How is Space Weather Defined?

The definition of space weather concerns changing conditions in space, which is different from our concepts of weather within the atmosphere of Earth. Space weather phenomena involve such things as magnetic fields, radiation, ambient plasma and other interstellar matter. Thus, space weather is the science of describing the conditions in space that effect the Earth and our technological systems, such as geostationary weather satellites and communication systems. Space weather depends on the behavior of the sun, how the Earth's magnetic field behaves, as well as our location within the solar system. Many ingredients fit into the space weather prediction "pie", such as the solar wind and interplanetary magnetic field, geomagnetic storms, the Van Allen radiation belts, ionospheric disturbances, aurora borealis events, and geomagnetically induced currents on the Earth's surface. Coronal Mass Ejections can be an important contributor to space weather, due to triggering geomagnetic storms of significance. Solar flares can damage sensitive electronics.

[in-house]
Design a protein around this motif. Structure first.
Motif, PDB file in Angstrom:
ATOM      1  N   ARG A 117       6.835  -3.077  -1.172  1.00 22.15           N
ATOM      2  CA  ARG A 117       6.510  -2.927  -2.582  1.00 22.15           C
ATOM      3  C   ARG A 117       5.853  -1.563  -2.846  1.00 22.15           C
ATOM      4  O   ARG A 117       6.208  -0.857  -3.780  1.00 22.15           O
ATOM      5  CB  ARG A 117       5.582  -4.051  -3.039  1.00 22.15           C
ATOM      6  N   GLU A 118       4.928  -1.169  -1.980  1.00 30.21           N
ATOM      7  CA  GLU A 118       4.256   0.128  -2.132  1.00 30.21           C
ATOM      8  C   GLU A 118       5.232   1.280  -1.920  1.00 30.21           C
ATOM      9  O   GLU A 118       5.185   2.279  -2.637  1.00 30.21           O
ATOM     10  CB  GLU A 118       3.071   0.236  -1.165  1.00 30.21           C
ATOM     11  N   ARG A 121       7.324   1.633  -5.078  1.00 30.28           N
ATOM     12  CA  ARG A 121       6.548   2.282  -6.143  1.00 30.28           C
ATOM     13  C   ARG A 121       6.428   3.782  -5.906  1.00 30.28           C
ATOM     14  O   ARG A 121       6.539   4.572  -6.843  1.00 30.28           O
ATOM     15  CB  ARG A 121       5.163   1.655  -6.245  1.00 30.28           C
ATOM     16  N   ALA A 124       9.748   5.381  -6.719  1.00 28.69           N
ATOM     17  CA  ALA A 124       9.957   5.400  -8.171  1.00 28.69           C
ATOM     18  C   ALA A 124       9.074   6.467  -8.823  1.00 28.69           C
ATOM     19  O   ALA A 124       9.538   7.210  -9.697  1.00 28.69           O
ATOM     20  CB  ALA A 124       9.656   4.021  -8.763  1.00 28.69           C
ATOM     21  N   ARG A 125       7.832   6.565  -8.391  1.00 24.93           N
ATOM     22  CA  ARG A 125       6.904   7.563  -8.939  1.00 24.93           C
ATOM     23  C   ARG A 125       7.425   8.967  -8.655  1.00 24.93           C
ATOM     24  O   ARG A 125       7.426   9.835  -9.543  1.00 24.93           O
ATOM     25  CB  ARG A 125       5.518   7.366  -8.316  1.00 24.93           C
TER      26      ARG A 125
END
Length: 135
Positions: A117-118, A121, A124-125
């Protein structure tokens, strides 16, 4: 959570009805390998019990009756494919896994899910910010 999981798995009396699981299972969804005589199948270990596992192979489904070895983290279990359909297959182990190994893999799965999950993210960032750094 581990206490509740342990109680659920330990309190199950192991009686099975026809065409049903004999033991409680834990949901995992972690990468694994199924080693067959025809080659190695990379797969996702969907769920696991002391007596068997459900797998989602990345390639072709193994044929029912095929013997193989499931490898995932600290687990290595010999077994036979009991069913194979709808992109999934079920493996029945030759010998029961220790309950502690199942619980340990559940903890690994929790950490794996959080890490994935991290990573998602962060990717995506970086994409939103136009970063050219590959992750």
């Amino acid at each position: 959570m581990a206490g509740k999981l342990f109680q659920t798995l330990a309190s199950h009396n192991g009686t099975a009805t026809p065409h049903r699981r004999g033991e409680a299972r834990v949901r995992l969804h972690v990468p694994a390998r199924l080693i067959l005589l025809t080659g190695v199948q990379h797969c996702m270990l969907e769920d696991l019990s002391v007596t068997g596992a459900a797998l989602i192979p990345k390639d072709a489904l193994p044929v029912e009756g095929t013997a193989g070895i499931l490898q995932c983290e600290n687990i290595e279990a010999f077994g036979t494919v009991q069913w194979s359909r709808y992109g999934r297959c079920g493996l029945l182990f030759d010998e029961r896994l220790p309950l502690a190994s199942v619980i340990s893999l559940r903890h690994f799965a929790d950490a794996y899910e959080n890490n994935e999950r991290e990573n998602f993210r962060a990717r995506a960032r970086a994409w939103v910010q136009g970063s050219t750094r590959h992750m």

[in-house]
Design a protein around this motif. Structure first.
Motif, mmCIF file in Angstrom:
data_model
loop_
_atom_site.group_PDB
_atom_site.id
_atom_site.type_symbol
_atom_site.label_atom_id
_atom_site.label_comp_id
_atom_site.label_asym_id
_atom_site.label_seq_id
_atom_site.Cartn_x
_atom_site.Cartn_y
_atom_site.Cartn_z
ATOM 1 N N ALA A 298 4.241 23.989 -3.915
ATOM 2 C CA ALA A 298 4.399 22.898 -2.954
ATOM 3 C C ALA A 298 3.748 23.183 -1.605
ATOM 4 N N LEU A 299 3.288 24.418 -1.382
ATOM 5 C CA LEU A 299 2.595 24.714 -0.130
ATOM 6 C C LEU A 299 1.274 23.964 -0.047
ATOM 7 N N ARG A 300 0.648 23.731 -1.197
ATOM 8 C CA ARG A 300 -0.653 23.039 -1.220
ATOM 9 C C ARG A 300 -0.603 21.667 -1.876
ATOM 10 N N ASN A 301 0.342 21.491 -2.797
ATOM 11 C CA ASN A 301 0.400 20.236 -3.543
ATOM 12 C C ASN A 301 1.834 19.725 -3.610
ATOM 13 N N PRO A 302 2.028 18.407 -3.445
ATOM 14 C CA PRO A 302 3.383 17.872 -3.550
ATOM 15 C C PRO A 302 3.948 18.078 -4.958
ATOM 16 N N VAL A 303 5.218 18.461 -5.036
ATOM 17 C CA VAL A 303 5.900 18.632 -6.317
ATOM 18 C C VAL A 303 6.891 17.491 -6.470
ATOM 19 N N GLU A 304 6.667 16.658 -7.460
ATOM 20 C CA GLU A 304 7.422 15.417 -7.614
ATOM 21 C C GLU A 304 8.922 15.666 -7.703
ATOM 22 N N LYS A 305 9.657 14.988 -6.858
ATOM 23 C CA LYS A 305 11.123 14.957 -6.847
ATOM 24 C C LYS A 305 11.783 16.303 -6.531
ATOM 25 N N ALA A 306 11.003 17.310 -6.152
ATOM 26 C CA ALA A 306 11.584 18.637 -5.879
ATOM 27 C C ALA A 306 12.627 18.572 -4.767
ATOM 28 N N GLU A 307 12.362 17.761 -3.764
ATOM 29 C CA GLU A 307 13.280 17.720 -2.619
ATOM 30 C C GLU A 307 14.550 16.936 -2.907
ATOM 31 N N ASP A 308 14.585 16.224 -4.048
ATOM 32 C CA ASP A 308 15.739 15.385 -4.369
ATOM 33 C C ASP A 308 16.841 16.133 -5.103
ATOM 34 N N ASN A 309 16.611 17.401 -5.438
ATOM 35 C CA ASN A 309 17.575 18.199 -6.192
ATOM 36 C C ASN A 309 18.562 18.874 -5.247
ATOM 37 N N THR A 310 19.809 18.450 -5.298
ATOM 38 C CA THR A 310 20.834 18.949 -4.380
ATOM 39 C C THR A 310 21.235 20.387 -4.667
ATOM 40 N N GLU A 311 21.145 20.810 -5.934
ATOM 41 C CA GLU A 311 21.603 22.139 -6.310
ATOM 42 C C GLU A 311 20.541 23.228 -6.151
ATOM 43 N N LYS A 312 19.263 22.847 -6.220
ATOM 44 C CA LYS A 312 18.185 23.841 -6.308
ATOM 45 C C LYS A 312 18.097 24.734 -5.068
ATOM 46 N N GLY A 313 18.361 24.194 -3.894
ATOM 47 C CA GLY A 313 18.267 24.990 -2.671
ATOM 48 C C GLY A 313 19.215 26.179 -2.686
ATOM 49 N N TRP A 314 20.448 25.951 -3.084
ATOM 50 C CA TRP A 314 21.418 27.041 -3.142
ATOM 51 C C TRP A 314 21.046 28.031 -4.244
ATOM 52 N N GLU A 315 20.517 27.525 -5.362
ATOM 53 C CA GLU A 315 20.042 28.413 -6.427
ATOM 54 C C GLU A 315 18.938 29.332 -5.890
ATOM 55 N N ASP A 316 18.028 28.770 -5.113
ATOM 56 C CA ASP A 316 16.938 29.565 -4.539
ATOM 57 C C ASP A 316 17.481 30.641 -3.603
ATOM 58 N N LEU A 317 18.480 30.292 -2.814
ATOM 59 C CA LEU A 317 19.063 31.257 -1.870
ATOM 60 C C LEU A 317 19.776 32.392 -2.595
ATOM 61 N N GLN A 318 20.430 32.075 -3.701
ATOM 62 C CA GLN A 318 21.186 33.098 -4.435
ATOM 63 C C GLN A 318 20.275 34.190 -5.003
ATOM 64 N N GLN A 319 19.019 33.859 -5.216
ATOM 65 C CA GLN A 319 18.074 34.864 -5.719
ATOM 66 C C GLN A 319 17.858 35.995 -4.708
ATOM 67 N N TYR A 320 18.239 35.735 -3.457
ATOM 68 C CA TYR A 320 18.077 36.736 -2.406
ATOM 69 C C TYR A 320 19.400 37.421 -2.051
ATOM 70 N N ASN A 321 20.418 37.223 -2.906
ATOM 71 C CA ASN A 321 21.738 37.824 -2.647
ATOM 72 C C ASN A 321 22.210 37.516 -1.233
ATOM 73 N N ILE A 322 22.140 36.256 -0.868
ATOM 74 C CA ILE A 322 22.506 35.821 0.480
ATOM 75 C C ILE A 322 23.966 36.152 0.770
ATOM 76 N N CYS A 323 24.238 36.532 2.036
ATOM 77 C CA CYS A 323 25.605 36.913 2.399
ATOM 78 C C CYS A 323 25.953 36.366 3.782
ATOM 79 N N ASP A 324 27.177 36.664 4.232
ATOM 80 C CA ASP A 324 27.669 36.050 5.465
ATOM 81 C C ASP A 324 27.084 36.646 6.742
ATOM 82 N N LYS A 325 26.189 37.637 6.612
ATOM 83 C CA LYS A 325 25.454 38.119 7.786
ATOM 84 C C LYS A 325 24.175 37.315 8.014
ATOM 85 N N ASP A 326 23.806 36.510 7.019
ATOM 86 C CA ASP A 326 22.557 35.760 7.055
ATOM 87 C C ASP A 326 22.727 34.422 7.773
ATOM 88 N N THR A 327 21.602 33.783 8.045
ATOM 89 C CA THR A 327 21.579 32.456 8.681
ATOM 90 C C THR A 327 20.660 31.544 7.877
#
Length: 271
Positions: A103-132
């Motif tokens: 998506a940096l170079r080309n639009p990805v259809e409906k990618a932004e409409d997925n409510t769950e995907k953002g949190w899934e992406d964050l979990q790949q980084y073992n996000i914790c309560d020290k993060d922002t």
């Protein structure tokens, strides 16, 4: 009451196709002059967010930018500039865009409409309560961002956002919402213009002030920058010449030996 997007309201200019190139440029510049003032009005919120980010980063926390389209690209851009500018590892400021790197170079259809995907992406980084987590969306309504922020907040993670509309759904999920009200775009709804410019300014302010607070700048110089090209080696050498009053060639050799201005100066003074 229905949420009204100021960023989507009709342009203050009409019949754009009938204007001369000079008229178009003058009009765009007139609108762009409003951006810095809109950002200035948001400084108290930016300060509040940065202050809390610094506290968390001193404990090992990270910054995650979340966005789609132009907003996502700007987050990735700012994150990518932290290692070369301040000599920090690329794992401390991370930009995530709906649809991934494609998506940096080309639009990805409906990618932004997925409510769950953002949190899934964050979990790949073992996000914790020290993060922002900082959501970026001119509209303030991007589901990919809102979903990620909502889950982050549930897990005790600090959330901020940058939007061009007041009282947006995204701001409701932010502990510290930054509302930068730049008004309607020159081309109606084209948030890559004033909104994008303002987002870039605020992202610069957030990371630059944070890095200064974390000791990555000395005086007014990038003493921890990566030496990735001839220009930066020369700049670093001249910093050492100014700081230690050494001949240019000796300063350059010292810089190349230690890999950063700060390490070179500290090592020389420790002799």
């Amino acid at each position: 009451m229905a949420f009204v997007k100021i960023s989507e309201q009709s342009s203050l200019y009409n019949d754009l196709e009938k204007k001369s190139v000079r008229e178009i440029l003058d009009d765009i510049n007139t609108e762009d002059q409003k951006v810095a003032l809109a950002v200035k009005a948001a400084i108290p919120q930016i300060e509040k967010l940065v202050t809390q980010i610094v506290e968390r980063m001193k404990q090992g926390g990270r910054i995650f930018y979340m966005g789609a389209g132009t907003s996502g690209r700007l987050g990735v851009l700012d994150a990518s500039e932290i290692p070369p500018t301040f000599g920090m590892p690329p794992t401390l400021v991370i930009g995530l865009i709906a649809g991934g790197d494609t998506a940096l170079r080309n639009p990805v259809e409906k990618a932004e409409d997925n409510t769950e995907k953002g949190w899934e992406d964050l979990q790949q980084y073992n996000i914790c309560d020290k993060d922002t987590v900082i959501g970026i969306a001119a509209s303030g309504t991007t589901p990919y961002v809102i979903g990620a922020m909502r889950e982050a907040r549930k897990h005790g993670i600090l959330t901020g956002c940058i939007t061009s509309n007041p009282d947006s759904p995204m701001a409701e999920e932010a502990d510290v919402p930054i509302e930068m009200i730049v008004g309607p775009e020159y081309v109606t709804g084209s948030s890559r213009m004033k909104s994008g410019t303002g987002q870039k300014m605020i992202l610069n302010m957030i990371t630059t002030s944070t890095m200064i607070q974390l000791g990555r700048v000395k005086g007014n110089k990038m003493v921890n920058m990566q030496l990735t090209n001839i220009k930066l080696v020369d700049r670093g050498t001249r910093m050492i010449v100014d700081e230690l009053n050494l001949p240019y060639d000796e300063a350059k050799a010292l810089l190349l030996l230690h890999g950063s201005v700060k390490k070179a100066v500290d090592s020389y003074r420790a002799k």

(From the Endeavour Space Shuttle on April 10, 1994. The three bright stars just below the aurora in a line, are Orion's Belt).

 

Space Weather Links

NOAA/NWS Space Weather Prediction System
SOHO Space Weather
UCAR Space Weather

Space Weather Canada
ESA Space Weather
Space.com

Space Weather Resources - Rice University
Space Weather Research Explorer
University of Alaska-Fairbanks Real Time List of Geophysical Data
NASA's Cosmicopia
Spaceweather.com

Page composition by Steve Carmel



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